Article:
ARSER’s main objective is to develop research into the after-effects of radiotherapy, and thus, to achieve this, to raise funds.
Its aim is not to establish basis for claim: ARSER is not intended to group patients considering they are “victims” of radiotherapy. Rather ARSER wants to inform patients and doctors about the progress of the research on the after-effects of radiotherapy and to finance it.
Dr. Sylvie Delanian is one of the very first physicians in the world to have cared about the after-effects of radiotherapy as a radiotherapist and to have provided answers, particularly for treatments that have been in effect for more than 10 years.
Along with Jean-Louis Lefaix, a researcher at the CEA, and then with Dr. Pierre-François Pradat, neurologist, she led research to better understand the mechanisms and develop new treatments to reduce these after-effects.
Many patients cured of their cancer long ago, called “long-term survivors”, and no longer undergoing medical treatment, are often unaware that the ill-systematised symptoms they suffer are after-effects of radiotherapy.
The story of my illness and its evolution is not only medical; it has also nourished the professional and personal aspects of my life for 50 years, with a desire to continue living by rationalizing my medical problems.
It was spring 1971, I was 33 years old and gave birth to 4 children, my days were well filled with my research activity at INSERM (National Institute of Health and Medical Research). I am then diagnosed with a tumor in the left breast which, after mammography and biopsy, turns out to be cancerous. The word cancer at the time was “taboo” and they sometimes refused to shake my hand, the doctors who treated me never said that terrible word, we had at that time, hypocritical conversations that generated “anxiety”.
After three months of preoperative radiotherapy of the breast and adjacent ganglionic areas, and radiotherapy of the ovaries to permanently stop the menstrual cycles, I underwent heavy surgery (removal of the left breast with axillary lymph node dissection) followed by new sessions of postoperative radiotherapy. No medical treatment will be prescribed for me, it was not the time. A delayed mobilization of the arm and massages to control the lymphatic edema will be my only treatments.
Although right handed, a small deficit of the fingers of the left hand at that time was a challenge for me because I played the piano; I felt that the left hand hardly followed the pace… my professional and family activities also contributed to the abandonment of the piano.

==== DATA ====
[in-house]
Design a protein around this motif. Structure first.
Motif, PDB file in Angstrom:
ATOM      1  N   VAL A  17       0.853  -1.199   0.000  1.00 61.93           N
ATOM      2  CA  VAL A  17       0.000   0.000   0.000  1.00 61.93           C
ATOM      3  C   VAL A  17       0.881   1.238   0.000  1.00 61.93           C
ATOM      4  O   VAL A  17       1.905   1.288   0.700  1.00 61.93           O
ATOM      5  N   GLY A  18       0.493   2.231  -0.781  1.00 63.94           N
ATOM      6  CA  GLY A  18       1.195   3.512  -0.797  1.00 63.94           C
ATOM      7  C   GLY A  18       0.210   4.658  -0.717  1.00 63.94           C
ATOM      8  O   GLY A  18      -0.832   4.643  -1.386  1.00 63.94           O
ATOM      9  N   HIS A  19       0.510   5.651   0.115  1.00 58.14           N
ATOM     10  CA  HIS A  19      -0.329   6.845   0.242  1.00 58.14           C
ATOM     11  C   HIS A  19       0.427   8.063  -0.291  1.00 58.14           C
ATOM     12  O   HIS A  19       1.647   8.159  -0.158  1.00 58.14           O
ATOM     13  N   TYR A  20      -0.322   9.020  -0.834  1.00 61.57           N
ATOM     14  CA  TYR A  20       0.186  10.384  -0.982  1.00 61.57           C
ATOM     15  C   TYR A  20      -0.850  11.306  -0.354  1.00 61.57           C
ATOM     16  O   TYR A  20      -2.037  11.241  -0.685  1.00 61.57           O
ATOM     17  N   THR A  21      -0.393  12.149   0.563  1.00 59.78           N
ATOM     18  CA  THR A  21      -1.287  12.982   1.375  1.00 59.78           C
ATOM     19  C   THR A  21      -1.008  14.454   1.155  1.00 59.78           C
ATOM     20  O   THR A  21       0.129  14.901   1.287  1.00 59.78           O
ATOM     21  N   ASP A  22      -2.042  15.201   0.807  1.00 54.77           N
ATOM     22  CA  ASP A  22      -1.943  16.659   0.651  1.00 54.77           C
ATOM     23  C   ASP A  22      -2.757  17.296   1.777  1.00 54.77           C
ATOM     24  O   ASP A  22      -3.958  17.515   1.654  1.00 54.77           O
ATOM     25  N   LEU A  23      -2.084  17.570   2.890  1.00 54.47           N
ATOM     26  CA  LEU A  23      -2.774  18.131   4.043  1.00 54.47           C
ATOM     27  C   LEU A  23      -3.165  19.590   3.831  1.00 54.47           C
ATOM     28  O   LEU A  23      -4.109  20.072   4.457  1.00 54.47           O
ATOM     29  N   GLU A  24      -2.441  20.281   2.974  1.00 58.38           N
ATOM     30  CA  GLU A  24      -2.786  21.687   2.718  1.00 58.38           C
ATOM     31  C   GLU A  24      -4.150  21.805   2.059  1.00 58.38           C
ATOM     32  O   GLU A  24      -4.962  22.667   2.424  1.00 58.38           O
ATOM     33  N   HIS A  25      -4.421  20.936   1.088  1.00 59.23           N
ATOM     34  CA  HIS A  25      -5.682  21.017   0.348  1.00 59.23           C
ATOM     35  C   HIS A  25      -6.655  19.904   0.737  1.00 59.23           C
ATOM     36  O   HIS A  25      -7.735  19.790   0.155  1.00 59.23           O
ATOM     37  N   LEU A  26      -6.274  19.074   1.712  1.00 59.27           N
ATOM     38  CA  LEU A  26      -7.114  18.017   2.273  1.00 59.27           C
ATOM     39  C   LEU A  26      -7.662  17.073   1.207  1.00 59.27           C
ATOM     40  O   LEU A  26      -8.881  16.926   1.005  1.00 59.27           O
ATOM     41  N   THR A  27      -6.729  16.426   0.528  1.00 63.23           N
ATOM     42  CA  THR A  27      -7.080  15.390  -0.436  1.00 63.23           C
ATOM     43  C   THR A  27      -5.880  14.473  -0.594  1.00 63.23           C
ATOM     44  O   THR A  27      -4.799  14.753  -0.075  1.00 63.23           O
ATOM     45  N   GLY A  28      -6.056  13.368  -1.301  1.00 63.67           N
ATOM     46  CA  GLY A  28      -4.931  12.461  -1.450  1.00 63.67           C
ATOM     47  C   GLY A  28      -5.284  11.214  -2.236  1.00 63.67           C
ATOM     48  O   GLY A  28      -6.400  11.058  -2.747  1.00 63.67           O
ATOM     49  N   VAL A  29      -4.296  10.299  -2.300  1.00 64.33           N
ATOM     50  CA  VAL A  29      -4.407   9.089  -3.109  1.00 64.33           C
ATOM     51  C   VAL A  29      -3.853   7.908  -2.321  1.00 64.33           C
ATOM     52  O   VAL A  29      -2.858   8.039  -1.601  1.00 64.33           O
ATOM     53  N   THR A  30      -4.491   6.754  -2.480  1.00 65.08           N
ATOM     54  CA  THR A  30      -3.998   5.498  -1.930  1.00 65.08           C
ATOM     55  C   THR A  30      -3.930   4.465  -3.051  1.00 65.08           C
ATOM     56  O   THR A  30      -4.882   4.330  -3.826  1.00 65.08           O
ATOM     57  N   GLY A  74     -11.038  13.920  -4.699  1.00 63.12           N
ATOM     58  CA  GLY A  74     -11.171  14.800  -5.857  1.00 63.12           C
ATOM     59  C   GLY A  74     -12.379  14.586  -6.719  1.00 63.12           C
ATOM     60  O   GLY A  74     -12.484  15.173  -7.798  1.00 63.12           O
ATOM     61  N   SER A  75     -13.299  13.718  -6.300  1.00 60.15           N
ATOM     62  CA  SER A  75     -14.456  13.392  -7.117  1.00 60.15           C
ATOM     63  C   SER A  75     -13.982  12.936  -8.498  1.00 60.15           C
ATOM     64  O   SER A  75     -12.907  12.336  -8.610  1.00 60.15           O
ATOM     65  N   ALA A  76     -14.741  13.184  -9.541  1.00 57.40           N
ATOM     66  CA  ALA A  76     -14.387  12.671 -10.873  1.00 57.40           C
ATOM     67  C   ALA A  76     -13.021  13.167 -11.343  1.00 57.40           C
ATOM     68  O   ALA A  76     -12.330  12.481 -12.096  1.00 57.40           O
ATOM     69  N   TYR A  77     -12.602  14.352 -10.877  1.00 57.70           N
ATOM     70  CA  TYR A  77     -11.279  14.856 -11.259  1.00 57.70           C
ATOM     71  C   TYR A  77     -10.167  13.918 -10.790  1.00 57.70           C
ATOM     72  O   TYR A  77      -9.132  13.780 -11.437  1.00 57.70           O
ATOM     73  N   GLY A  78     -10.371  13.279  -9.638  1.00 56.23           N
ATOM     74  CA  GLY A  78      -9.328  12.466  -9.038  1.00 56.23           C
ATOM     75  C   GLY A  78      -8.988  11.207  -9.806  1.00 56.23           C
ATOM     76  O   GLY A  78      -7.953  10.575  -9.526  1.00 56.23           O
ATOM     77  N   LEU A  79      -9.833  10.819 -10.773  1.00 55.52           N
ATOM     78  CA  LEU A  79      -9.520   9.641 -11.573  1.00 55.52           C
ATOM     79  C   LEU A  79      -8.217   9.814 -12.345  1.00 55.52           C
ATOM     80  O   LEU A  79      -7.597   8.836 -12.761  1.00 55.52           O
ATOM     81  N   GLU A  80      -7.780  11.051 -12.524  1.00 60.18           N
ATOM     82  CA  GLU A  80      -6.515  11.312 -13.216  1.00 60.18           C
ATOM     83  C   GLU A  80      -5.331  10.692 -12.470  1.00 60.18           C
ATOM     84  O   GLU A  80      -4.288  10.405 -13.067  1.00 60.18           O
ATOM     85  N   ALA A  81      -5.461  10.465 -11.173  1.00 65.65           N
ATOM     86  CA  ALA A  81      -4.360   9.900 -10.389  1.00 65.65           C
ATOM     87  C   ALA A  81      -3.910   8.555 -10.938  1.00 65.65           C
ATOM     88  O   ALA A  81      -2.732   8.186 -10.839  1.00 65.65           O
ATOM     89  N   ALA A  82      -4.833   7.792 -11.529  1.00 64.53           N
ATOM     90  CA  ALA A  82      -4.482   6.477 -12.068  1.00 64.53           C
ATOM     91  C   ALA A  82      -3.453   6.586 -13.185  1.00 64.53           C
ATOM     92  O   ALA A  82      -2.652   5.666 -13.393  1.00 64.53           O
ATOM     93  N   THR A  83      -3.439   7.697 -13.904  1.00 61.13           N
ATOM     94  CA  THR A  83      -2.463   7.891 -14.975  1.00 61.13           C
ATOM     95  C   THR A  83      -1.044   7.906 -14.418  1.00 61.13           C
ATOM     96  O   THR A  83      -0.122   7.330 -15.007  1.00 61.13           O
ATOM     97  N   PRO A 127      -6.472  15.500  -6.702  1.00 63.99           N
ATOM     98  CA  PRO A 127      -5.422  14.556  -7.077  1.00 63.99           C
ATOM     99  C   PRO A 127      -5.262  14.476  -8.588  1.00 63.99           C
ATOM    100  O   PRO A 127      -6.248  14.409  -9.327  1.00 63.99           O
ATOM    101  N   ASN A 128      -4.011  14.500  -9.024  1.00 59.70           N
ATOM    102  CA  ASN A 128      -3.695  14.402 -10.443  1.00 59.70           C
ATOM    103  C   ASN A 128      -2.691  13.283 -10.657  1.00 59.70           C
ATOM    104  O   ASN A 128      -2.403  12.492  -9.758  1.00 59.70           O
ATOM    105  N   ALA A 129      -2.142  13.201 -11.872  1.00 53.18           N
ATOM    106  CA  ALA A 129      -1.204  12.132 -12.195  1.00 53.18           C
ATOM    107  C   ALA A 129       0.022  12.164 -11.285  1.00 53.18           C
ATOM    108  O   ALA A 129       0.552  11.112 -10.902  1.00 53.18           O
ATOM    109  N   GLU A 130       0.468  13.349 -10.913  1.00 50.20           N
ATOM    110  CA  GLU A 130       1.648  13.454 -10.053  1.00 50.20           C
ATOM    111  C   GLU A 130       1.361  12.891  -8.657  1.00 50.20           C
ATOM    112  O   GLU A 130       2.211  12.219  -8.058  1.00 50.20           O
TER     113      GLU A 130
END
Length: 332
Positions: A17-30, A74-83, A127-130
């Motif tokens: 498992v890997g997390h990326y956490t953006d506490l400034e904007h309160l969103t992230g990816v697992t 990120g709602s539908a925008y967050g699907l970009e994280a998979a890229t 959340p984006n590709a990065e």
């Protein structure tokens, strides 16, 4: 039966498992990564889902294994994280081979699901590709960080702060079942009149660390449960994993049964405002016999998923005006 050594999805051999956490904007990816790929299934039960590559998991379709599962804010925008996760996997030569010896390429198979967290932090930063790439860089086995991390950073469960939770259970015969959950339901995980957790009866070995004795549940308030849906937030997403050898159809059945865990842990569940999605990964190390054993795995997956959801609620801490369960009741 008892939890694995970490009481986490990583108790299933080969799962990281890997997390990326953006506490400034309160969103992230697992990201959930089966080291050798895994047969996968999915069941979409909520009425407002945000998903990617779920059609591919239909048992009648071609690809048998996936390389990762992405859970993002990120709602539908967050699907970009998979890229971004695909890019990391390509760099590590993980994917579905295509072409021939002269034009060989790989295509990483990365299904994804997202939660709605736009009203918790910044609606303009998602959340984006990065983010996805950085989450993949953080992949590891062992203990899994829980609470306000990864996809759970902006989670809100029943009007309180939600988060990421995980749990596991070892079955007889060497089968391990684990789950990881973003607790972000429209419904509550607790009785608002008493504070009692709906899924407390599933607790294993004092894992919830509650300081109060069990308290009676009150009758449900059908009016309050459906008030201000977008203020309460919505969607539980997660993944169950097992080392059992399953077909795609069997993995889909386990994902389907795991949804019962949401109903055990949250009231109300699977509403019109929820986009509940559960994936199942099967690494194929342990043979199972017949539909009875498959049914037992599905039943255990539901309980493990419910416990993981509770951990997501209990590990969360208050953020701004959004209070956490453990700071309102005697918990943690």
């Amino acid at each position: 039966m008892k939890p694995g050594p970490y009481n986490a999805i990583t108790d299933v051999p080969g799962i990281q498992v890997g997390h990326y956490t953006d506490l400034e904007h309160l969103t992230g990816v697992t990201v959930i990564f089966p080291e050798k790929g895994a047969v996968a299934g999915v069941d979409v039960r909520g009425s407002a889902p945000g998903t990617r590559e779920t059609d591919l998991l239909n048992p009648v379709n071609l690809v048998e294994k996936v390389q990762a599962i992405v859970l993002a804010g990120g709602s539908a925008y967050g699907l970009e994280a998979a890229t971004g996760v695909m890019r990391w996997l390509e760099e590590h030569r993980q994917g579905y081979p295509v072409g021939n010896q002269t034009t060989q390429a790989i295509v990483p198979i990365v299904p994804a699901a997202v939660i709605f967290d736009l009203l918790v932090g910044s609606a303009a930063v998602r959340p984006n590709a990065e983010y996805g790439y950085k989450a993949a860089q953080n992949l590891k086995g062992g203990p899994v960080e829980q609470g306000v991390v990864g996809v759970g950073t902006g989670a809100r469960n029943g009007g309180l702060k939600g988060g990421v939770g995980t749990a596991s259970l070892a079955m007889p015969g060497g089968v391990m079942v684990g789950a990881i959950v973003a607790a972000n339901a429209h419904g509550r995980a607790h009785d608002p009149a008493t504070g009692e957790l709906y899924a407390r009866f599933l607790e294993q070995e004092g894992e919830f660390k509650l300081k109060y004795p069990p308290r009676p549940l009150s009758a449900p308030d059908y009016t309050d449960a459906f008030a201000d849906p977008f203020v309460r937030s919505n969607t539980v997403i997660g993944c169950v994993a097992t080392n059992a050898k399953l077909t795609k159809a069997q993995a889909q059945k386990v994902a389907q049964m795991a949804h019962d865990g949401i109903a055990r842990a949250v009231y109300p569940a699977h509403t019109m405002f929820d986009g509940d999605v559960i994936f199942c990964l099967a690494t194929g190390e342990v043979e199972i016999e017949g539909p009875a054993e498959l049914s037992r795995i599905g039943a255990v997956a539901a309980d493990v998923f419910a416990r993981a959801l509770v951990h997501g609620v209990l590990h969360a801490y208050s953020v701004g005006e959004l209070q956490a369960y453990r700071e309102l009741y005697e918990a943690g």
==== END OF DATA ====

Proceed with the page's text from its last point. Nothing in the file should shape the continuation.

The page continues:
The years passed with 2-3 inflammatory episodes and limited lymphatic edema of the arm and forearm controlled with antibiotics. The wearing of long-sleeved clothes (a bit restrictive in summer), avoiding cut-stings by gardening with the left arm, will be my essential precaution. Finished, of course, the beach and the swimsuit, especially because of the comments of summer visitors. I discovered hiking in the mountains in summer, with backpack, no problem for my left arm; these steps at altitude did not pose any difficulty. Professionally, from 1987, I changed direction and for 25 years, I carried out many medical humanitarian missions on the ground with a well-known international association.
In 2008, at the age of 70, thirty-seven years later, I had more difficulties with the left hand when using the computer; I consulted several doctors but no answer, only compassion. I was told that it was an after effect of radiation therapy and that there was nothing to do. After an EMG (electromyogram) evaluating the electrical current of the nerves of each arm, a carpal tunnel operation will be offered to me, the operation on the right side will be a great success but no result on the left.
At the end of 2011, I had a discomfort with loss of consciousness (AIT or Transient Ischemic Accident), aphasia with paralysis of the left side of the tongue for a short period. Transported by firefighters to Bichat hospital, emergency exams will be made: brain MRI – cardiac assessment. If moderate hypertension was found, nothing at the time caught the attention of doctors and therefore no accurate diagnosis. My left arm was losing strength and the pain was managed with paracetamol.